ConocoPhillips, the other leaseholder in the region, had planned for a 2014 drilling season, and a brief statement from the company on Wednesday reaffirmed that agenda.
“ConocoPhillips will continue with its plans to drill one or two exploration wells in the Devil’s Paw prospect in the Chukchi Sea during open water conditions in the summer/fall of 2014,” the statement read in part. “ConocoPhillips is committed to responsible oil-and-gas development and exploration in the Arctic.”
Statoil and ConocoPhillips’ 10-year leases were purchased during a lease sale in February of 2008. They’re set to expire in 2019, thanks to the lengthy offshore moratorium in the wake of the 2010 BP Macondo oil spill in the Gulf of Mexico.
Alaska Department of Natural Resources Commissioner Dan Sullivan said that everyone with a stake in Arctic oil development can learn from Shell’s first year in the region.
“From our perspective ... when there is a lesson learned, everyone can learn from that,” Sullivan said. “The state, the companies certainly, and the federal government.”
Sullivan had some criticisms of the federal government’s involvement in Shell’s quest to drill in the Arctic, in particular what he called an inefficient permitting process and the 2010 offshore drilling moratorium in the wake of the BP spill.
He added that discussions with the Department of Interior indicated that a review ordered by Interior Secretary Ken Salazar  of the 2012 drilling season would not be performed with the goal of making some ultimate decision on Arctic development and whether or not to continue drilling.
Reactions from around Alaska
As Shell prepared to haul its Arctic drilling armament to Asia, reactions to the drilling suspension poured in. The Center for Biological Diversity, the World Wildlife Fund, Greenpeace, Earth Justice, Oceana and the Wilderness Society all weighed in -- some almost gloatingly -- on Shell’s decision to suspend drilling. Many suggested that the temporary halt should become permanent.
Resisting Environmental Destruction of Indigenous Lands (REDOIL), an organization of Alaska Natives emphasizing preservation of the environment as it relates subsistence living, echoed that sentiment.
“We understand our Arctic environment better than anyone, and we are telling Shell Oil there is no way to drill for oil safely in the Arctic,” said REDOIL Chairman Robert Thompson, of Kaktovik. “Their best-laid plans weren’t adequate. Why risk our traditional way of life on promises that ultimately will be broken?”
Others didn’t call for an outright ban on drilling, but acknowledged Shell’s troubled first year.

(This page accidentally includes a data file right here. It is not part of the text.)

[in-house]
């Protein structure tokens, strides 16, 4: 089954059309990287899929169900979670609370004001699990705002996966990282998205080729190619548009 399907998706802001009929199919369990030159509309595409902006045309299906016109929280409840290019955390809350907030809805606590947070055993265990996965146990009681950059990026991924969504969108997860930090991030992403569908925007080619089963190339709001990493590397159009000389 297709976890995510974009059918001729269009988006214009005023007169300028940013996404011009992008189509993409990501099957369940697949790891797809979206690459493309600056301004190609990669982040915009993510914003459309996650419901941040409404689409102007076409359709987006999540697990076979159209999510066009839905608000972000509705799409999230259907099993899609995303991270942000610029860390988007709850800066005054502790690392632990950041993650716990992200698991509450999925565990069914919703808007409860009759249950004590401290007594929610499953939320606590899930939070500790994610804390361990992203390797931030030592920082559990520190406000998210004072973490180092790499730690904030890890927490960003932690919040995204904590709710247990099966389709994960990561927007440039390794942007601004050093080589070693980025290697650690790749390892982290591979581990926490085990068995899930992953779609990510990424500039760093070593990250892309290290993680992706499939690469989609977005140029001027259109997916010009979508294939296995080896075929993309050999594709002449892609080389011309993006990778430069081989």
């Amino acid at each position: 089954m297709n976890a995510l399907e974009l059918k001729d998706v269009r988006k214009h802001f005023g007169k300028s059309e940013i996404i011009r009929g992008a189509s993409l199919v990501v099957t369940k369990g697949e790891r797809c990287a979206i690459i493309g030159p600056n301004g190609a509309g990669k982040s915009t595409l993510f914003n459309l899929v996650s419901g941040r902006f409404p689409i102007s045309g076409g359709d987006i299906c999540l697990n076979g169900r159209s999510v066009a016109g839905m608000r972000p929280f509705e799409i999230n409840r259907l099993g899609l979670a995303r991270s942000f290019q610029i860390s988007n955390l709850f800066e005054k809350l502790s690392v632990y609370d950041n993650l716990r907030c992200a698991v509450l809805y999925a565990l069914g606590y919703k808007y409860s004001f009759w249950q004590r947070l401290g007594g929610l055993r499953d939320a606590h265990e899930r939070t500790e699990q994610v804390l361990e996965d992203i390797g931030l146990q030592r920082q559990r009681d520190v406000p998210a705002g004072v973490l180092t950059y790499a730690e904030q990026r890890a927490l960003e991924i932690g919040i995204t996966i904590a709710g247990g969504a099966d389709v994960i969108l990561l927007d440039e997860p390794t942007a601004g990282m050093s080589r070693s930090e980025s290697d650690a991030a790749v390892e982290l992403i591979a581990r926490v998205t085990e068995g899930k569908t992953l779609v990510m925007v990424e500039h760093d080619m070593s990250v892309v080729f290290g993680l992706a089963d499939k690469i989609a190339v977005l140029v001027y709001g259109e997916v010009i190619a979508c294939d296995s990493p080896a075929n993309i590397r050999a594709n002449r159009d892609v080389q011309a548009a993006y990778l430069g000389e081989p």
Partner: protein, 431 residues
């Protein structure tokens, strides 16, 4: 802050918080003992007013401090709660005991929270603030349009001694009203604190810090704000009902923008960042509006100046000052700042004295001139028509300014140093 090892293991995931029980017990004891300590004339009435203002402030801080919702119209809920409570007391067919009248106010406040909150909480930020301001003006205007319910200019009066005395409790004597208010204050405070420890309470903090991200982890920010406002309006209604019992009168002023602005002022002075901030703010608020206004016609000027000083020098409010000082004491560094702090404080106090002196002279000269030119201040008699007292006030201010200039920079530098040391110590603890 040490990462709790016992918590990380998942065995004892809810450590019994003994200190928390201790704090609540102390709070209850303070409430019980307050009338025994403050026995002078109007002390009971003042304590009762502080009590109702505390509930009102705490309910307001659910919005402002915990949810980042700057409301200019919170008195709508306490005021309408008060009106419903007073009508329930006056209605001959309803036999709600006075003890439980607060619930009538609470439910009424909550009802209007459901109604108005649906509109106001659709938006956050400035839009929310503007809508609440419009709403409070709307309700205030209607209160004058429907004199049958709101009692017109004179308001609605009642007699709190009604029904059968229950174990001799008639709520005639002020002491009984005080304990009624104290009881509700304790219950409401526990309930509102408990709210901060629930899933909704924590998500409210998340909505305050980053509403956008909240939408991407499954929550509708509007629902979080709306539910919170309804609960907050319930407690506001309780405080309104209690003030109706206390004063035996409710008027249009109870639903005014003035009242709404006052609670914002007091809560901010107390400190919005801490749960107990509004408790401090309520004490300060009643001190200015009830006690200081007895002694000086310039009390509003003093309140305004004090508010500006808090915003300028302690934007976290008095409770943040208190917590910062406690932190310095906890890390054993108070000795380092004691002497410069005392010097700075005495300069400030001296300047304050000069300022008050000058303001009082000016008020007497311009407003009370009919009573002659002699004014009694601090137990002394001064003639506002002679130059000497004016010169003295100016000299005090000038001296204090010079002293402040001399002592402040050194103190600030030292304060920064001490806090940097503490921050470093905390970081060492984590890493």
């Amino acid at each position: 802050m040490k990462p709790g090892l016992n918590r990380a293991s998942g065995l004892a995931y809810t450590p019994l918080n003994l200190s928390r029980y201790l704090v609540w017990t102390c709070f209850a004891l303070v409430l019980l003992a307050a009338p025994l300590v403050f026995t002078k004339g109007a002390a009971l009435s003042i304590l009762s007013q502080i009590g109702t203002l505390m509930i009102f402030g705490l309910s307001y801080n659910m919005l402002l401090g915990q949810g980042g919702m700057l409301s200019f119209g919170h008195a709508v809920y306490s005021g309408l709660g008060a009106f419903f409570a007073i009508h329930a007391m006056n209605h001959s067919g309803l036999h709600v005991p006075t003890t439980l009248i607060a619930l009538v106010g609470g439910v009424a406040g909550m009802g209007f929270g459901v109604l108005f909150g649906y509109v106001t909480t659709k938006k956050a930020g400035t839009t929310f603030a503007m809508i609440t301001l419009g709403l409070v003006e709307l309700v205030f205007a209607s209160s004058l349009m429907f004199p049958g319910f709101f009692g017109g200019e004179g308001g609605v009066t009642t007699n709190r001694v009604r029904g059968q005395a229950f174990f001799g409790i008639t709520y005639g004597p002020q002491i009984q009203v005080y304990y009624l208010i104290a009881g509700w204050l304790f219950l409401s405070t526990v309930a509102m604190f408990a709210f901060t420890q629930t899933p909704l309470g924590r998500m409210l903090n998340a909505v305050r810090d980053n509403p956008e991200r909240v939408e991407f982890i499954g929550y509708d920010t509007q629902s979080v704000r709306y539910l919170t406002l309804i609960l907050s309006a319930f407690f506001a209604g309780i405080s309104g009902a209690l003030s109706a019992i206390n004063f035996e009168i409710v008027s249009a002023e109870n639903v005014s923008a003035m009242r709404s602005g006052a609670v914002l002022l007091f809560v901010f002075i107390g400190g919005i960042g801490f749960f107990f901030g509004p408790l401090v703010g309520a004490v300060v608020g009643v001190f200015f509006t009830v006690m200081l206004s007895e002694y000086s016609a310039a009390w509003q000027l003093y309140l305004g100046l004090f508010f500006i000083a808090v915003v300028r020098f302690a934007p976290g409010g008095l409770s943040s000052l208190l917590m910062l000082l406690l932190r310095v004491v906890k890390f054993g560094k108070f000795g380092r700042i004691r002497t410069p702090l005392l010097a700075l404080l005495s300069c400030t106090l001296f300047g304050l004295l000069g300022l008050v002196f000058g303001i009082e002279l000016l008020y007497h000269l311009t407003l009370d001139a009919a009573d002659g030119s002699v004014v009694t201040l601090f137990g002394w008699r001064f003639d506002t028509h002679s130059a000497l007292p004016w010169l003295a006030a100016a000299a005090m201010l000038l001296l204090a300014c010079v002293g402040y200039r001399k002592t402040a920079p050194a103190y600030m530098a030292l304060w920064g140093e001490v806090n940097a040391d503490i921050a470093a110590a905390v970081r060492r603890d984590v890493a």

“Shell’s managers have not been straight with the American public, and possibly even with its own investors, on how difficult its Arctic Ocean operations have been this past year,” said Lois Epstein with the Wilderness Society.
Marilyn Heiman, director of the U.S. Arctic Program of Pew Trusts, had a similar take.
“(Shell) had some safety and management challenges that I don’t think they had fully thought through,” Heiman said. She said other companies interested in drilling in the Arctic can learn much from Shell’s problems.
“It’s far more challenging than people think, and I think everyone is calculating that in now,” Heiman said. “There are challenges of not just drilling, but of response in these kinds of conditions.”
Politicians weighed in as well. Members of Alaska’s congressional delegation, including Sen. Mark Begich and Rep. Don Young, expressed disappointment at the delayed drilling season. A similar sentiment came from Alaska Gov. Sean Parnell. Republicans in the Alaska House of Representatives expressed hope that Shell would continue its offshore work next year.
Commissioner Sullivan reiterated the governor’s message that Alaska remains committed to the long-term development of the Arctic done in a way that protects the environment.
“Our longer-term view on this…is that the Arctic is going to be developed, and the question is where and by what standards,” Sullivan said. “We believe Alaska has the highest standards in the world with regards to resource development.”
He pointed in particular to Russia, a country aggressively developing its Arctic assets, but which has “lower standards and not much will to enforce them,” Sullivan said.
The question, he said, then becomes: “Is the development going to take place in Alaska, the place with the highest standards, or in other places?”
Contact Ben Anderson at ben(at)alaskadispatch.com